Published: March 13, 2014
DENVER — Denver's independent police watchdog says an officer who slammed a handcuffed woman head-first into a wall while taking her to a detox facility should have been punished for using excessive force.
Independent Monitor Nicholas Mitchell said in a report released Thursday that Officer Marika Putnam was not disciplined for using force against the woman in December 2012.
Surveillance video shows Putnam shoved the handcuffed woman, Patricia Lucero, into a wall, causing facial cuts that required stitches. The officer also restrained Lucero's arms with police nunchucks, which are used to restrain arrestees.
The incident occurred when police responded to a 911 hang-up call at an apartment Lucero shared with her boyfriend.
Police wrote in reports of the incident that Lucero was drunk, agitated, yelling obscenities and trying to move toward her boyfriend.
Police investigating the incident found Putnam had failed to maintain certification on the nunchucks but used reasonable force.
"I was already restrained," Lucero said in a videotaped interview at a hospital after the incident. "She had no reason to hit me that hard."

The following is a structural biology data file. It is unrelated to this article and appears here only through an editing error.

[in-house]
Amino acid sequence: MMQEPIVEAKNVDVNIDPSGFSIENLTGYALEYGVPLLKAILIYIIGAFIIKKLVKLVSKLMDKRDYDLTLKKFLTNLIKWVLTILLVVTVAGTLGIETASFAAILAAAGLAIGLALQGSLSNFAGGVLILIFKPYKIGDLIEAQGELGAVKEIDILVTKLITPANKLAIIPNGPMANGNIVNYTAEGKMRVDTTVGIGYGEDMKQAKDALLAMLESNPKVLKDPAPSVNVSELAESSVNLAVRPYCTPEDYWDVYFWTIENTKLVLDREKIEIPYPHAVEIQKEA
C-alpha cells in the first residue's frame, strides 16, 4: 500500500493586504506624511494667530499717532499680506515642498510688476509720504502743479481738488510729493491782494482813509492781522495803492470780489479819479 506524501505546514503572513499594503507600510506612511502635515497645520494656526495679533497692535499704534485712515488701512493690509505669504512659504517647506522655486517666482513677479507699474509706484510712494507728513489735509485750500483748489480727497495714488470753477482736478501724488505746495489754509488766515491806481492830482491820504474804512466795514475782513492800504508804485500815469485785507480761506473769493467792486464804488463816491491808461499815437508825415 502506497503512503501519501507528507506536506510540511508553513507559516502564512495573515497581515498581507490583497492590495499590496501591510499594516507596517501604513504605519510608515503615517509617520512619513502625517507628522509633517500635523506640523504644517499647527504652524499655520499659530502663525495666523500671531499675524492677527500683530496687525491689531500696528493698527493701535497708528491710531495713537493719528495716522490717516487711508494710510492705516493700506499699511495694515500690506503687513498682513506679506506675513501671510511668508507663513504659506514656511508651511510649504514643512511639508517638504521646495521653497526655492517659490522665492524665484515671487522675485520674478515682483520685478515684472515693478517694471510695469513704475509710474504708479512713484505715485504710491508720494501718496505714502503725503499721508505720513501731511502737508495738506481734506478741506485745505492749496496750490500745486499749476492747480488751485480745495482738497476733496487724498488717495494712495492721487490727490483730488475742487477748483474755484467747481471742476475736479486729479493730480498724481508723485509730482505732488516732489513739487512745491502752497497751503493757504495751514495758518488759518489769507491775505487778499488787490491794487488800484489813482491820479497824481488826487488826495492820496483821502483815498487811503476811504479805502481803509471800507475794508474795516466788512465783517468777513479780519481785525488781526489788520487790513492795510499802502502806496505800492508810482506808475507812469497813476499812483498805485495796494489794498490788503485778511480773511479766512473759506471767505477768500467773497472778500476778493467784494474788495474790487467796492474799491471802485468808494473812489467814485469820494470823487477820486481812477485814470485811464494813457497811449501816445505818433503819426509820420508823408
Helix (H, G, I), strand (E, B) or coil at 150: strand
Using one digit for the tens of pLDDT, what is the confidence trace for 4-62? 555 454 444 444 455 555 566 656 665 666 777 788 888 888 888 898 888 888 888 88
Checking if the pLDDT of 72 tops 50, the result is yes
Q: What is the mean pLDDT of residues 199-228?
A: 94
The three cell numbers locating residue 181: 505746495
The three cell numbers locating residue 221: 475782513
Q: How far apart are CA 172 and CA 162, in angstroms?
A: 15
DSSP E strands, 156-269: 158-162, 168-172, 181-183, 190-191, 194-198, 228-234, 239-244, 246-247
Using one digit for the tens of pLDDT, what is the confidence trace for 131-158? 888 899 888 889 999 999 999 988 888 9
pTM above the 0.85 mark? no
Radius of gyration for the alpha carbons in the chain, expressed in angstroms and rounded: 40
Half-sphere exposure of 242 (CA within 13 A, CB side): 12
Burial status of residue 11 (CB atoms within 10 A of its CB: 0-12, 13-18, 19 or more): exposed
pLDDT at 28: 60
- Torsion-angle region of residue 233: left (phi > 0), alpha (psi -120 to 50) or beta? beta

A Denver community activist said the case is a sign that, despite efforts for reform, police brutality can still occur in a city that was roiled by several excessive-force cases several years ago.
"It is inhumane and unacceptable that instances of police misconduct continue to occur," said Alex Landau, who said Denver police officers beat him and violated his civil rights in 2009. His was one of at least four high-profile beatings that caused public outcry during the same time period.
Police Chief Robert White has pledged reforms. But Landau said the Lucero case was a failure in the department's disciplinary process.
"It is disturbing that the monitor's report was not held with greater weight," Landau said.
Daelene Mix, a spokeswoman for the Manager of Safety's office, said in a statement that officials did not review discipline in the Lucero case because Mitchell did not request it.
Mitchell said he expressed his disagreement with the handling of the case multiple times during the course of several months.